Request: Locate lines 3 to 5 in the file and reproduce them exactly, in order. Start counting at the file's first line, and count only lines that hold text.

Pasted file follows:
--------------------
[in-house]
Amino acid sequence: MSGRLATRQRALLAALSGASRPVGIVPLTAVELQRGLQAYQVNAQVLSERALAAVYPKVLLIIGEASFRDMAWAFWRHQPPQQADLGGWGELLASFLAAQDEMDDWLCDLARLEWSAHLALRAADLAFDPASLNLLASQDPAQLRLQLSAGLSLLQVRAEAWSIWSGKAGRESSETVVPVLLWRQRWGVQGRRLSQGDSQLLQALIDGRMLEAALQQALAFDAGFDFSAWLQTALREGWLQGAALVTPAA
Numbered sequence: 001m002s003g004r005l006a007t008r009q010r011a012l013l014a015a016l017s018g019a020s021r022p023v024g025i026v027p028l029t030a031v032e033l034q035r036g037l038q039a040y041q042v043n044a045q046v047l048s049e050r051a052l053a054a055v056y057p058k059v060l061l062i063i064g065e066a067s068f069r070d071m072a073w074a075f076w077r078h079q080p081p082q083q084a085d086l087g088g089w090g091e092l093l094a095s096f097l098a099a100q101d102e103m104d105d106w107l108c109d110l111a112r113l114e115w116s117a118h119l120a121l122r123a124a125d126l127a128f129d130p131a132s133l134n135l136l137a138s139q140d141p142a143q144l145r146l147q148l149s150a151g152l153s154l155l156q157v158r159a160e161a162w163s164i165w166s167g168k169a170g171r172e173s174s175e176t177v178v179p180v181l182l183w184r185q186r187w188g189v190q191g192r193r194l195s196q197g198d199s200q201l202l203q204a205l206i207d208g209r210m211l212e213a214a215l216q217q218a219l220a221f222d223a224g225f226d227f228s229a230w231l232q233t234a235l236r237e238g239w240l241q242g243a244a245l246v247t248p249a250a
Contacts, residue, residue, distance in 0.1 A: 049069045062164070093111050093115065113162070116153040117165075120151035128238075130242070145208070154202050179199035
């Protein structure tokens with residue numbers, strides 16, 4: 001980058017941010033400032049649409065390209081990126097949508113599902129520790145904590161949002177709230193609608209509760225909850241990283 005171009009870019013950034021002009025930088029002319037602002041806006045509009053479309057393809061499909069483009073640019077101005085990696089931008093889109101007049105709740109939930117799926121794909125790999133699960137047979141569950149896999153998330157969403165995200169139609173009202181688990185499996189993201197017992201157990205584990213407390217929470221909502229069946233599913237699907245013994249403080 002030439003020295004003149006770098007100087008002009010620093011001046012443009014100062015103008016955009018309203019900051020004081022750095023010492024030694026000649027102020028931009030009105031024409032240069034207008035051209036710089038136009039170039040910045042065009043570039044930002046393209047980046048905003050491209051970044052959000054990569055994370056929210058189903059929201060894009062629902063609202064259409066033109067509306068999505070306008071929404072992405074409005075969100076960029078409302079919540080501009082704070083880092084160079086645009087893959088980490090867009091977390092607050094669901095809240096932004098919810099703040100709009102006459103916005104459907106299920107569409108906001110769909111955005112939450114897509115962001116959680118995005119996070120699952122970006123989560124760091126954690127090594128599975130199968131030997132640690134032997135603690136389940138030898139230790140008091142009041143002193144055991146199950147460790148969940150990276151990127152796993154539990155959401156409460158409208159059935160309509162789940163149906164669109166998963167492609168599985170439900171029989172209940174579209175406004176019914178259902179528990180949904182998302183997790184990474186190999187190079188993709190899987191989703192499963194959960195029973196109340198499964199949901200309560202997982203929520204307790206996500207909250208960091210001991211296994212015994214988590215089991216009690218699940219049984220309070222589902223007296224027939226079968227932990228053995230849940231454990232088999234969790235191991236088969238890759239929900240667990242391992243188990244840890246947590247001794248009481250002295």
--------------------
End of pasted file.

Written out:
Numbered sequence: 001m002s003g004r005l006a007t008r009q010r011a012l013l014a015a016l017s018g019a020s021r022p023v024g025i026v027p028l029t030a031v032e033l034q035r036g037l038q039a040y041q042v043n044a045q046v047l048s049e050r051a052l053a054a055v056y057p058k059v060l061l062i063i064g065e066a067s068f069r070d071m072a073w074a075f076w077r078h079q080p081p082q083q084a085d086l087g088g089w090g091e092l093l094a095s096f097l098a099a100q101d102e103m104d105d106w107l108c109d110l111a112r113l114e115w116s117a118h119l120a121l122r123a124a125d126l127a128f129d130p131a132s133l134n135l136l137a138s139q140d141p142a143q144l145r146l147q148l149s150a151g152l153s154l155l156q157v158r159a160e161a162w163s164i165w166s167g168k169a170g171r172e173s174s175e176t177v178v179p180v181l182l183w184r185q186r187w188g189v190q191g192r193r194l195s196q197g198d199s200q201l202l203q204a205l206i207d208g209r210m211l212e213a214a215l216q217q218a219l220a221f222d223a224g225f226d227f228s229a230w231l232q233t234a235l236r237e238g239w240l241q242g243a244a245l246v247t248p249a250a
Contacts, residue, residue, distance in 0.1 A: 049069045062164070093111050093115065113162070116153040117165075120151035128238075130242070145208070154202050179199035
């Protein structure tokens with residue numbers, strides 16, 4: 001980058017941010033400032049649409065390209081990126097949508113599902129520790145904590161949002177709230193609608209509760225909850241990283 005171009009870019013950034021002009025930088029002319037602002041806006045509009053479309057393809061499909069483009073640019077101005085990696089931008093889109101007049105709740109939930117799926121794909125790999133699960137047979141569950149896999153998330157969403165995200169139609173009202181688990185499996189993201197017992201157990205584990213407390217929470221909502229069946233599913237699907245013994249403080 002030439003020295004003149006770098007100087008002009010620093011001046012443009014100062015103008016955009018309203019900051020004081022750095023010492024030694026000649027102020028931009030009105031024409032240069034207008035051209036710089038136009039170039040910045042065009043570039044930002046393209047980046048905003050491209051970044052959000054990569055994370056929210058189903059929201060894009062629902063609202064259409066033109067509306068999505070306008071929404072992405074409005075969100076960029078409302079919540080501009082704070083880092084160079086645009087893959088980490090867009091977390092607050094669901095809240096932004098919810099703040100709009102006459103916005104459907106299920107569409108906001110769909111955005112939450114897509115962001116959680118995005119996070120699952122970006123989560124760091126954690127090594128599975130199968131030997132640690134032997135603690136389940138030898139230790140008091142009041143002193144055991146199950147460790148969940150990276151990127152796993154539990155959401156409460158409208159059935160309509162789940163149906164669109166998963167492609168599985170439900171029989172209940174579209175406004176019914178259902179528990180949904182998302183997790184990474186190999187190079188993709190899987191989703192499963194959960195029973196109340198499964199949901200309560202997982203929520204307790206996500207909250208960091210001991211296994212015994214988590215089991216009690218699940219049984220309070222589902223007296224027939226079968227932990228053995230849940231454990232088999234969790235191991236088969238890759239929900240667990242391992243188990244840890246947590247001794248009481250002295």